Henry discovers a horse with a scar on his forehead in his front yard. He will discover later this is a hornless unicorn, the victim of a brutal attack that happened over a hundred years ago in a land called Altara.
The horse carries him to Altara where the first person he meets is an old man called Papo. After traveling for two days with Papo his suspicions are confirmed, Papo is plotting to use Henry for his own purposes and then to “be rid of him and the other boy.” Henry sets off alone, struggling with whether or not he can be hurt or even killed in this alternate world.
At the end of each day in Altara Henry falls asleep only to wake up in his own bed in his own suburban life. At home he has two friends, Jamal and Fred and a little brother named Larry. While Henry is struggling to understand his alternate world he is also struggling with the challenges of his middle school life. A great deal hangs on a chess match against the coach. Also, Jamal falls in love but needs Henry and Fred to go to the dance with his girlfriend’s best friends. This is Henry’s first middle school relationship and his stomach is tied in knots. He also must face his anger issues and his fear that dweebdom is an inescapable black hole.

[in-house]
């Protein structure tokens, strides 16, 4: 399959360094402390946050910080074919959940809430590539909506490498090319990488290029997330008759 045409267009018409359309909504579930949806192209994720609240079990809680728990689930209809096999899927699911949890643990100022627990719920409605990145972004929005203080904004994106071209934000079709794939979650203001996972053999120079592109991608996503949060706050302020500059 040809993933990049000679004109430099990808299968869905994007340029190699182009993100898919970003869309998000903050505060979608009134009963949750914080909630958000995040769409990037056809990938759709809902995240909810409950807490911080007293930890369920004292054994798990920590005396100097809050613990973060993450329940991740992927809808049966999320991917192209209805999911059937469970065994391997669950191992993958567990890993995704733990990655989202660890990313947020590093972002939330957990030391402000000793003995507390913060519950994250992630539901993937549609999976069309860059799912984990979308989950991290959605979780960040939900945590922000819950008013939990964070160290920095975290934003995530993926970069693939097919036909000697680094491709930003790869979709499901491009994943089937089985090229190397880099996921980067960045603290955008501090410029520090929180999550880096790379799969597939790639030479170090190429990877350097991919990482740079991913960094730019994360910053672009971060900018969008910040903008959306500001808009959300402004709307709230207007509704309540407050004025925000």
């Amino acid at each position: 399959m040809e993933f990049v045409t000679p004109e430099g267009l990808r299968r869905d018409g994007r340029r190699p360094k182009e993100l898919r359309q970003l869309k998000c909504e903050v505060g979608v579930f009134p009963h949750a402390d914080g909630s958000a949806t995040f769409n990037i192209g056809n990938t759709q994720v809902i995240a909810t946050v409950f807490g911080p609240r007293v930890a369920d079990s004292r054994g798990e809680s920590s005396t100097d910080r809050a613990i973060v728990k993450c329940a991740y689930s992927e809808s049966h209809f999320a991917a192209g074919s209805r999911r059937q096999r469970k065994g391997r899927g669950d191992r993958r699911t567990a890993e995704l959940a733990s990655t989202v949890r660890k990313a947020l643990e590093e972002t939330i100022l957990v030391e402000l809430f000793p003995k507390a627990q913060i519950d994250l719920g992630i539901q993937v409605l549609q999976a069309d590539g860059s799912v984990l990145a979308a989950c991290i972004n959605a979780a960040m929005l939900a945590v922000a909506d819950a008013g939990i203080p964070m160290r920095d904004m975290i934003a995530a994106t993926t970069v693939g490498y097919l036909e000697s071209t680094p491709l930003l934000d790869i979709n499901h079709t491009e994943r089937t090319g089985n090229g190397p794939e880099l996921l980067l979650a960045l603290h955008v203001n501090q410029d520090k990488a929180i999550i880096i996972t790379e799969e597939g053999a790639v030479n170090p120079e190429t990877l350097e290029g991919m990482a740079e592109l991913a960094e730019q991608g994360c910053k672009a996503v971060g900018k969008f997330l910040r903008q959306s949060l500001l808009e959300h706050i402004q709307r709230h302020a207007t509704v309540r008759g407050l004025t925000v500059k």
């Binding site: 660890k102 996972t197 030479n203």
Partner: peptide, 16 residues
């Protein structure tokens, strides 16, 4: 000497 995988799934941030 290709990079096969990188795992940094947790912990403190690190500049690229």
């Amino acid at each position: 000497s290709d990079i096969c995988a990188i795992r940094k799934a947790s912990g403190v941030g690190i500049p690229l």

Back in Altara Henry meets Anree who in a few days will be raised up as the Tara, the leader of the land of Altara. They are identical, this was the fact Papo and his friends planned to use to unseat the new Tara.
Henry and Anree decide they must find the lost key to the Gates of Altara and heal the ancient wrong done to the unicorn in order to fully establish the true Tara. The horn that was brutally taken from the unicorn a hundred years ago has been hidden in plain sight in the apartment of one of Papo’s co-conspirators, and amazingly Henry’s grandfather has the key to the Gates. Henry not Anree, is the true heir to the role of the Tara.
Through all this Henry discovers he can accept his assigned place in school as a dweeb with a chessboard or decide he will be something more. He realizes the reason he doesn’t have many friends is he is a lousy friend. He learns he must take responsibility for Henry.
In the final pages Henry wakes up in his bed at home to find his mother reading his journal. She wants to know if this is fact or fiction and whether Henry or Anree has come home to her.
About the Author
I now live in the Northern Virginia suburbs of Washington, D.C. where I have learned how to keep my fire alive.